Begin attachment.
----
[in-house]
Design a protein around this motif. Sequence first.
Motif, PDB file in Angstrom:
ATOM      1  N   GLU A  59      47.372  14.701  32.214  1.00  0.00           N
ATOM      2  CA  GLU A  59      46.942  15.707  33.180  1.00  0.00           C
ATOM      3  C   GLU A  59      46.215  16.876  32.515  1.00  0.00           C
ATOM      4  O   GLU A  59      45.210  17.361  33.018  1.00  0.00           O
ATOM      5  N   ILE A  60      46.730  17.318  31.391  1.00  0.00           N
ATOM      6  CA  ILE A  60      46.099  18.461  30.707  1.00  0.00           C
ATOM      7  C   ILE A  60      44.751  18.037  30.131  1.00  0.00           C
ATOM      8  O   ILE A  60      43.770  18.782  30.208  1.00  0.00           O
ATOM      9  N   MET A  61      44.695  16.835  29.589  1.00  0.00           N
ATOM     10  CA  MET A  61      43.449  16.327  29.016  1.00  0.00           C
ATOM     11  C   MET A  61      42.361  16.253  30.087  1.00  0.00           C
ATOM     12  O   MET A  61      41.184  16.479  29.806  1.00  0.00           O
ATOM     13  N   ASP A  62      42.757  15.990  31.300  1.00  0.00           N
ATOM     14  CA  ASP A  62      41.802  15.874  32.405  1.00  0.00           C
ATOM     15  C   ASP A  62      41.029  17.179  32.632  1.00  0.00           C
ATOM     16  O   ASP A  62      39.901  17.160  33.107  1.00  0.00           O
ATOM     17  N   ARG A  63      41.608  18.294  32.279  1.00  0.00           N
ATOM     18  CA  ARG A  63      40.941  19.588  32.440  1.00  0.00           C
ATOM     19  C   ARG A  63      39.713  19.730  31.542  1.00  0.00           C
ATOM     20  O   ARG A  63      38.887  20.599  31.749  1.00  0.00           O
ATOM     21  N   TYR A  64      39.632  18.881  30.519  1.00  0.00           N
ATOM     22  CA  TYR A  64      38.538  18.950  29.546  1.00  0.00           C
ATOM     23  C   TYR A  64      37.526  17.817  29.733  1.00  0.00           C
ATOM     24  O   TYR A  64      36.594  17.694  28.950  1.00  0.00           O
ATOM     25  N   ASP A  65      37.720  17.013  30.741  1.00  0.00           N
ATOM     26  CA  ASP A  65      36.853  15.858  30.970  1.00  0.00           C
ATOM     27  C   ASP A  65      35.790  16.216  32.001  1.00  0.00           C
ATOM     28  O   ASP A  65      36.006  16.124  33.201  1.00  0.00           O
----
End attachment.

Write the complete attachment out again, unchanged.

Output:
[in-house]
Design a protein around this motif. Sequence first.
Motif, PDB file in Angstrom:
ATOM      1  N   GLU A  59      47.372  14.701  32.214  1.00  0.00           N
ATOM      2  CA  GLU A  59      46.942  15.707  33.180  1.00  0.00           C
ATOM      3  C   GLU A  59      46.215  16.876  32.515  1.00  0.00           C
ATOM      4  O   GLU A  59      45.210  17.361  33.018  1.00  0.00           O
ATOM      5  N   ILE A  60      46.730  17.318  31.391  1.00  0.00           N
ATOM      6  CA  ILE A  60      46.099  18.461  30.707  1.00  0.00           C
ATOM      7  C   ILE A  60      44.751  18.037  30.131  1.00  0.00           C
ATOM      8  O   ILE A  60      43.770  18.782  30.208  1.00  0.00           O
ATOM      9  N   MET A  61      44.695  16.835  29.589  1.00  0.00           N
ATOM     10  CA  MET A  61      43.449  16.327  29.016  1.00  0.00           C
ATOM     11  C   MET A  61      42.361  16.253  30.087  1.00  0.00           C
ATOM     12  O   MET A  61      41.184  16.479  29.806  1.00  0.00           O
ATOM     13  N   ASP A  62      42.757  15.990  31.300  1.00  0.00           N
ATOM     14  CA  ASP A  62      41.802  15.874  32.405  1.00  0.00           C
ATOM     15  C   ASP A  62      41.029  17.179  32.632  1.00  0.00           C
ATOM     16  O   ASP A  62      39.901  17.160  33.107  1.00  0.00           O
ATOM     17  N   ARG A  63      41.608  18.294  32.279  1.00  0.00           N
ATOM     18  CA  ARG A  63      40.941  19.588  32.440  1.00  0.00           C
ATOM     19  C   ARG A  63      39.713  19.730  31.542  1.00  0.00           C
ATOM     20  O   ARG A  63      38.887  20.599  31.749  1.00  0.00           O
ATOM     21  N   TYR A  64      39.632  18.881  30.519  1.00  0.00           N
ATOM     22  CA  TYR A  64      38.538  18.950  29.546  1.00  0.00           C
ATOM     23  C   TYR A  64      37.526  17.817  29.733  1.00  0.00           C
ATOM     24  O   TYR A  64      36.594  17.694  28.950  1.00  0.00           O
ATOM     25  N   ASP A  65      37.720  17.013  30.741  1.00  0.00           N
ATOM     26  CA  ASP A  65      36.853  15.858  30.970  1.00  0.00           C
ATOM     27  C   ASP A  65      35.790  16.216  32.001  1.00  0.00           C
ATOM     28  O   ASP A  65      36.006  16.124  33.201  1.00  0.00           O